February 3, 2014

Interview with Edgar Award Winner Lori Roy

I had the pleasure recently of being in a novel workshop led by Lori Roy, award winning author of two literary mysteries. Ms. Roy agreed to answer a few questions about the writing craft. Lori Roy was born and raised in Kansas, is a graduate of Kansas State University and currently lives in Florida. Her debut novel, Bent Road (2011), was awarded the Edgar Allen Poe award for best first novel by an American author, named a 2011 New York Times notable crime book and it was nominated for the Book-of-the-Month Club first fiction award. Bent Road has been optioned for film by Cross Creek. Roy’s second novel, Until She Comes Home (2013), has been nominated for an Edgar for […]
January 28, 2014

Eckerd College Writers Conference Wrap-Up

I suspect few, if any, of the eight dozen “students” who attended the eight-day Eckerd College Writers Conference, went away dissatisfied. That, in and of itself, is remarkable and a testimony to the conference organizers and staff. While many of the students may have experienced a twinge of dissatisfaction when contemplating the status of their writing careers or the quality of the document they submitted for the workshops, I can’t imagine any left without a glimmer of hope and clear guidelines to improving their craft. The faculty readings, from Tim O’Brien’s remarkable Things They Carried (1998) to newcomer Attica Locke’s second novel The Cutting Season (2013), were nothing short of inspirational. They reinforced each student’s justification for dedicating themselves to […]
January 24, 2014

Report on Days 4 & 5 from the Eckerd College Writers Conference

I’ll call the theme of Day 4 “wants versus needs” and that of Day 5 “story structure.” On Day 4, after the two workshop stories were discussed, we focused on identifying the elements of the story arc in the first part of the novel. Using the movie Legally Blond as a teaching devise, workshop leader Lori Roy broke the movie down into beats or segments, starting with showing the status quo at the start of the movie. (The Reese Witherspoon character is shown to be beautiful and rich, but also kind; she is preparing for a date with her boyfriend whom she expects to ask her to marry him.) The inciting incident in the movie––the breaking of the status quo––is […]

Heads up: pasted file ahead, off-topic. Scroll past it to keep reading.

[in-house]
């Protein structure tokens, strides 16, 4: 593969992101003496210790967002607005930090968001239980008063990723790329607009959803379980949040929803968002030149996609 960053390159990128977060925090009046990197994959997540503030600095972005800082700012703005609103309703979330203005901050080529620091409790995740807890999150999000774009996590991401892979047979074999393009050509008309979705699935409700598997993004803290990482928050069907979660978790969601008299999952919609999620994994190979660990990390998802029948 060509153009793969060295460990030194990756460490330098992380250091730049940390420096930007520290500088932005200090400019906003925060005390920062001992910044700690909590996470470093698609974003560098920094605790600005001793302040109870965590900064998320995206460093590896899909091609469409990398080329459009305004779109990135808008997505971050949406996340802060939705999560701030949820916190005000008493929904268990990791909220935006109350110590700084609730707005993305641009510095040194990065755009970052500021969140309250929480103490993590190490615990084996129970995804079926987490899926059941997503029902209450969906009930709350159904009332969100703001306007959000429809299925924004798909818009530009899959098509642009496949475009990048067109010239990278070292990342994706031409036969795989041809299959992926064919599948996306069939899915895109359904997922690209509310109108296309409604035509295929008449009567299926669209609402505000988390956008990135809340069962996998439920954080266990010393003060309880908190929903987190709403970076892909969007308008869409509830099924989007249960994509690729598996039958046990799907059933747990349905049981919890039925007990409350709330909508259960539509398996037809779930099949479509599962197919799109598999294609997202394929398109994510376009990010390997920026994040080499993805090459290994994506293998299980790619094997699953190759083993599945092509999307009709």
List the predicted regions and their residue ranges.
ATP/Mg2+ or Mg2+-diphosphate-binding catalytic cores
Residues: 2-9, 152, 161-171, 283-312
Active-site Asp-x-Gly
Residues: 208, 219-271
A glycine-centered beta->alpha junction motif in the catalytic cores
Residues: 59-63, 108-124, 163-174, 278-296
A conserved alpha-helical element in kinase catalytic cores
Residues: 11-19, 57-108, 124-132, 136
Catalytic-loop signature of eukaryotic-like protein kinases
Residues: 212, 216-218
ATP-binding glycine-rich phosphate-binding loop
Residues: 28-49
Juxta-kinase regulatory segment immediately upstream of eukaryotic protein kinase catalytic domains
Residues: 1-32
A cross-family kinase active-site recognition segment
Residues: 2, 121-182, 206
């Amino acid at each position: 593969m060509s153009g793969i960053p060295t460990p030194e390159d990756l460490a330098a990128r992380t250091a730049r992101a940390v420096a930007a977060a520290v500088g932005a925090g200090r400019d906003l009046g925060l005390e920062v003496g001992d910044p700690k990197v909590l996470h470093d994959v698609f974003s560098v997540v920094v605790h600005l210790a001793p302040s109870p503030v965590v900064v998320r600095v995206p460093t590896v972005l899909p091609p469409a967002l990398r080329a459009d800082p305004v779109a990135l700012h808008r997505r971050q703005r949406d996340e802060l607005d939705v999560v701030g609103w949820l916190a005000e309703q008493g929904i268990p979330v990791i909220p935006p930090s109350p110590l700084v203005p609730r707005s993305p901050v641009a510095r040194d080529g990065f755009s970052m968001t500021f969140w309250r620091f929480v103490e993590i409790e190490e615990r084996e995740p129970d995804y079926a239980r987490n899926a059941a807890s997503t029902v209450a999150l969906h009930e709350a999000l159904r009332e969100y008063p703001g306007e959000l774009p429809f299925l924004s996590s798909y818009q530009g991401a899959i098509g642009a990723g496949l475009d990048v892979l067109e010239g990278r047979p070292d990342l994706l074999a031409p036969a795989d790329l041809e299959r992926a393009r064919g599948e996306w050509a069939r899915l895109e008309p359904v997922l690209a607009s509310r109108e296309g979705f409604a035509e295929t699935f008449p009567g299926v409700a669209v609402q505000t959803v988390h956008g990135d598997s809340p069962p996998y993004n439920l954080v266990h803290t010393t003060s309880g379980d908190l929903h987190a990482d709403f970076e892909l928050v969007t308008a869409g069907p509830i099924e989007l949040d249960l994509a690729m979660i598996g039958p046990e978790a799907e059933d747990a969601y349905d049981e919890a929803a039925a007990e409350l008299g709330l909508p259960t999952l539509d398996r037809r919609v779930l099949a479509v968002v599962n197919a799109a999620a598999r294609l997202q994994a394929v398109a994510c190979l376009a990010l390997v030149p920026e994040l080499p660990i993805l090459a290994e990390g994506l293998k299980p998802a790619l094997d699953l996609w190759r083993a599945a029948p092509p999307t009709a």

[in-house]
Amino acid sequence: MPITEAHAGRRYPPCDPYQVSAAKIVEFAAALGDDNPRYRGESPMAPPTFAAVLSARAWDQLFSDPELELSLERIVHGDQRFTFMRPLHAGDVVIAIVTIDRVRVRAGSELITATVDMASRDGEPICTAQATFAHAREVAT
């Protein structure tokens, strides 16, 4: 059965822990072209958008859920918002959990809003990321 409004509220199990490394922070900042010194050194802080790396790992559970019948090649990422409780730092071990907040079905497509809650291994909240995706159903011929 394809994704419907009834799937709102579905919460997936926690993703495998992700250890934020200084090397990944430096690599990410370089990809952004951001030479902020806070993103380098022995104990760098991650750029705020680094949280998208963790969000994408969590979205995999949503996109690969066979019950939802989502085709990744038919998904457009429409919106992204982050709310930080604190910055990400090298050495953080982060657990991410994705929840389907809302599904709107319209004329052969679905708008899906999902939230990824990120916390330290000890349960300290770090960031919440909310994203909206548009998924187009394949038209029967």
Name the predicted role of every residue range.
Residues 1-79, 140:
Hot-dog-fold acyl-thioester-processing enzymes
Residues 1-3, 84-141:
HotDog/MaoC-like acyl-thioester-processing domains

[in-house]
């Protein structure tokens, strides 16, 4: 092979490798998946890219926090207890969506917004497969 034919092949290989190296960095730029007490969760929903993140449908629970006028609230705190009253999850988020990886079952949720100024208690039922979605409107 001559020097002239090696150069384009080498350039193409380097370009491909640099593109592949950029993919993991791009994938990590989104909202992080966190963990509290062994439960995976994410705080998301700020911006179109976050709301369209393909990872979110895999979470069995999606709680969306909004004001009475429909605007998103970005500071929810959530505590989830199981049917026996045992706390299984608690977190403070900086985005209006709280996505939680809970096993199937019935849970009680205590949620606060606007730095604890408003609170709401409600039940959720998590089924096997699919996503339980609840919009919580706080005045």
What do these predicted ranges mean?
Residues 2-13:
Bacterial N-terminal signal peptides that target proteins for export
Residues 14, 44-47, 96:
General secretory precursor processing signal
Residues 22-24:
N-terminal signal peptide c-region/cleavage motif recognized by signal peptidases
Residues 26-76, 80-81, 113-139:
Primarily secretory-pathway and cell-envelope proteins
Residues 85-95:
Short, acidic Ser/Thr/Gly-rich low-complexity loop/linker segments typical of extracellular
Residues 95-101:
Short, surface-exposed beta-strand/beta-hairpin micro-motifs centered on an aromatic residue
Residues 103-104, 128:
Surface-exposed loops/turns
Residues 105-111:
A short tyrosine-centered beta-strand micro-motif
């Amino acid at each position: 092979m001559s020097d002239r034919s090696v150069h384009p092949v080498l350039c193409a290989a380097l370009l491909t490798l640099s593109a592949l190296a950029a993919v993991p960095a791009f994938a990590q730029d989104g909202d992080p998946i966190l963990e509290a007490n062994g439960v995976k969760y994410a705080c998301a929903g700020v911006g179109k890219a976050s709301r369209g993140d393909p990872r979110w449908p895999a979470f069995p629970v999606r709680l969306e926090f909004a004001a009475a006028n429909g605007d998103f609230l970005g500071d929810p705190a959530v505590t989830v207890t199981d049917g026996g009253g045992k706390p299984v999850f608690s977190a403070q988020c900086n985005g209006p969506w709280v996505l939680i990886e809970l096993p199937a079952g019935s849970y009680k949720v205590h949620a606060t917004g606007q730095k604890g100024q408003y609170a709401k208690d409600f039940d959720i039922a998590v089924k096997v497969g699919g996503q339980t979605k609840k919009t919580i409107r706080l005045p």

January 21, 2014

Report from Day 3 of the Eckerd College Writers Conference

After our morning workshop session, during which two more victims had their stories critiqued, we listened to two craft sessions––one on beginnings, the second on endings. The theme for the day (my label, not the conference’s) is beginning a story is like grasping the reader’s extended hand, holding it firmly throughout the story, then letting it go at the end. Between critiques, Lori Roy ran off a list of writing tips, which I’ll share for those entering the craft. Avoid the “fallacy of imitative form.” One does not create a mysterious atmosphere by writing vague, mysterious prose, or create a suspenseful atmosphere by using a suspenseful tone. The story has to carry the weight, not the tone. Name the Dog––a […]
January 20, 2014

Report on Day 2 of the Eckerd College Writers Conference

The Writers in Paradise Conference began officially this morning with welcome messages by the co-directors and a presentation by last night’s reading series author Tim O’Brien. Later we attended our first workshop with Lori Roy where we dissected the first two writers’ submissions and in the evening heard Dennis Lehane, author of Mystic River, Shutter Island, et al and Andre Dubus III, author of House of Sand and Fog, Last Resort, etc. If there was a theme for the day it was “tell your story”––about why and how to do so and about the consequences of telling the truth as you see it. Tim O’Brien electrified the room of fifty writers at 10 AM to the same high wattage level […]